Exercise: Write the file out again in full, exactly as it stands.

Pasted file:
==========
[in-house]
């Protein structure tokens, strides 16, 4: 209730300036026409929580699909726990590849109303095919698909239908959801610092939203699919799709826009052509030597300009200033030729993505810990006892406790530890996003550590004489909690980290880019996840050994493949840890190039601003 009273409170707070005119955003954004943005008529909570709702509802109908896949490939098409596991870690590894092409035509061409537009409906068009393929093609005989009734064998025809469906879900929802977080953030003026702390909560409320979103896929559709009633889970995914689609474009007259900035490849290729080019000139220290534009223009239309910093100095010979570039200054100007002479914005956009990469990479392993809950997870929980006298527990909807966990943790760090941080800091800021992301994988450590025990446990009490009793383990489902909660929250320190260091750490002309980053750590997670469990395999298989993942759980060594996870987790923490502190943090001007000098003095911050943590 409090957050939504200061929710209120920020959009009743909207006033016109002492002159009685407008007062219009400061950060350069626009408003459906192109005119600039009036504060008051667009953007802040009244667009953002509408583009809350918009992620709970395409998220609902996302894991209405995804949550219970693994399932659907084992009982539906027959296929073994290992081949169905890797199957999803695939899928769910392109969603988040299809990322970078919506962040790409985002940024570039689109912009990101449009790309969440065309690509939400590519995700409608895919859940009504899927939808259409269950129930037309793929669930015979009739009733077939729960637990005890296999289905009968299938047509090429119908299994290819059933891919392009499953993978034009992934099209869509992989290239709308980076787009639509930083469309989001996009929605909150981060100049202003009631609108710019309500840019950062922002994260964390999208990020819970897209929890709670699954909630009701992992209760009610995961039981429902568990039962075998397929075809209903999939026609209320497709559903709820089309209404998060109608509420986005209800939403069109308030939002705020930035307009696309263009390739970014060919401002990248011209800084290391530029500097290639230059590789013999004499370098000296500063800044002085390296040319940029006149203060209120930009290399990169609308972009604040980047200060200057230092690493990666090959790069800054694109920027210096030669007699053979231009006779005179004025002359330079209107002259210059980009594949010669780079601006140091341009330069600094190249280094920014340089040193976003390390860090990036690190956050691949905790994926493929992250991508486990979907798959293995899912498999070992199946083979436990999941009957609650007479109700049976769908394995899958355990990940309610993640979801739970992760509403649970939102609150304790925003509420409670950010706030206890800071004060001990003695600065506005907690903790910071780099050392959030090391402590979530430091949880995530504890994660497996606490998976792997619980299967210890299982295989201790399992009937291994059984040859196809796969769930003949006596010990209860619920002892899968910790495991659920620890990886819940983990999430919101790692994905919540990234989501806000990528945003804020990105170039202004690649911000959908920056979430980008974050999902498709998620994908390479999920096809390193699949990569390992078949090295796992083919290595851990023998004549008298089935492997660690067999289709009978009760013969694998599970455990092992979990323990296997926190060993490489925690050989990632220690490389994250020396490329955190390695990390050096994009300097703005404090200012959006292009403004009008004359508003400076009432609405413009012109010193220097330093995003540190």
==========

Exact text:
[in-house]
């Protein structure tokens, strides 16, 4: 209730300036026409929580699909726990590849109303095919698909239908959801610092939203699919799709826009052509030597300009200033030729993505810990006892406790530890996003550590004489909690980290880019996840050994493949840890190039601003 009273409170707070005119955003954004943005008529909570709702509802109908896949490939098409596991870690590894092409035509061409537009409906068009393929093609005989009734064998025809469906879900929802977080953030003026702390909560409320979103896929559709009633889970995914689609474009007259900035490849290729080019000139220290534009223009239309910093100095010979570039200054100007002479914005956009990469990479392993809950997870929980006298527990909807966990943790760090941080800091800021992301994988450590025990446990009490009793383990489902909660929250320190260091750490002309980053750590997670469990395999298989993942759980060594996870987790923490502190943090001007000098003095911050943590 409090957050939504200061929710209120920020959009009743909207006033016109002492002159009685407008007062219009400061950060350069626009408003459906192109005119600039009036504060008051667009953007802040009244667009953002509408583009809350918009992620709970395409998220609902996302894991209405995804949550219970693994399932659907084992009982539906027959296929073994290992081949169905890797199957999803695939899928769910392109969603988040299809990322970078919506962040790409985002940024570039689109912009990101449009790309969440065309690509939400590519995700409608895919859940009504899927939808259409269950129930037309793929669930015979009739009733077939729960637990005890296999289905009968299938047509090429119908299994290819059933891919392009499953993978034009992934099209869509992989290239709308980076787009639509930083469309989001996009929605909150981060100049202003009631609108710019309500840019950062922002994260964390999208990020819970897209929890709670699954909630009701992992209760009610995961039981429902568990039962075998397929075809209903999939026609209320497709559903709820089309209404998060109608509420986005209800939403069109308030939002705020930035307009696309263009390739970014060919401002990248011209800084290391530029500097290639230059590789013999004499370098000296500063800044002085390296040319940029006149203060209120930009290399990169609308972009604040980047200060200057230092690493990666090959790069800054694109920027210096030669007699053979231009006779005179004025002359330079209107002259210059980009594949010669780079601006140091341009330069600094190249280094920014340089040193976003390390860090990036690190956050691949905790994926493929992250991508486990979907798959293995899912498999070992199946083979436990999941009957609650007479109700049976769908394995899958355990990940309610993640979801739970992760509403649970939102609150304790925003509420409670950010706030206890800071004060001990003695600065506005907690903790910071780099050392959030090391402590979530430091949880995530504890994660497996606490998976792997619980299967210890299982295989201790399992009937291994059984040859196809796969769930003949006596010990209860619920002892899968910790495991659920620890990886819940983990999430919101790692994905919540990234989501806000990528945003804020990105170039202004690649911000959908920056979430980008974050999902498709998620994908390479999920096809390193699949990569390992078949090295796992083919290595851990023998004549008298089935492997660690067999289709009978009760013969694998599970455990092992979990323990296997926190060993490489925690050989990632220690490389994250020396490329955190390695990390050096994009300097703005404090200012959006292009403004009008004359508003400076009432609405413009012109010193220097330093995003540190």